Noémie Alphonse is a 4th year PhD student conducting research in the field of immunology and microbial sciences. She is affiliated with two laboratories: Dr. Charlotte Odendall’s lab in the School of Immunology and Microbial Sciences at the King’s College London, UK, and Dr. Andreas Wack’s lab at the Francis Crick Institute in London.
Prior to her time in London, Noémie completed a Master’s degree in Infectiology: Microbiology, Virology and Immunology, at Diderot University in partnership with the Pasteur Institute in Paris. During her Master’s program she spent 8 months working in the team of Dr. Caroline Demangel, where she investigated the protective roles of a mycobacterial-derived drug called mycolactone against B cell leukemia.
Noémie’s current research focuses on the functions of interferons, during bacterial
infections in the gut. Recently, she and her colleagues discovered that a family of bacterial effectors called OspC, targets and dampens type I and III interferon responses. This finding suggests that interferons play a crucial role in the body’s defense against bacterial infections.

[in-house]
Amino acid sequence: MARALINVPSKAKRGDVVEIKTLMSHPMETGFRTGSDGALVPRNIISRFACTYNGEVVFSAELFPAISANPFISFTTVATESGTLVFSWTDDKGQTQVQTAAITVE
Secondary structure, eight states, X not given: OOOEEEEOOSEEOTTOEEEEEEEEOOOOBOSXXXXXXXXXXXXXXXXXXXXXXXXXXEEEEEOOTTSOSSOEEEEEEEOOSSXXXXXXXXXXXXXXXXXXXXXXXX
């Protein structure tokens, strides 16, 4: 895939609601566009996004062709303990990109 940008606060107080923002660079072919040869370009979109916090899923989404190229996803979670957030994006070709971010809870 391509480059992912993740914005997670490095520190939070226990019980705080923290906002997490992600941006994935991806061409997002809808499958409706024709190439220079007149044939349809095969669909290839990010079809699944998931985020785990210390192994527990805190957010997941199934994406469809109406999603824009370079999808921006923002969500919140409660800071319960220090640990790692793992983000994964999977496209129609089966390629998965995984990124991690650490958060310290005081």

To further investigate the antibacterial mechanisms of interferons and gain a deeper understanding, Noémie is conducting in vivo research using a well-established model of bacterial-induced colitis.
As she nears the completion of her PhD, Noémie has secured a postdoctoral position in France at the Research Centre of Respiratory Diseases, INSERM UMR 1100 in Tours. In her upcoming role, she will apply her unique expertise to study immune memory, an innovative concept in innate cells.
Oral Presentation at Cytokines 2023 in Athens, Greece:
TYPE I AND III INTERFERONS EXERT DIFFERENTIAL ROLES IN IMMUNITY AGAINST THE ENTERIC BACTERIA SALMONELLA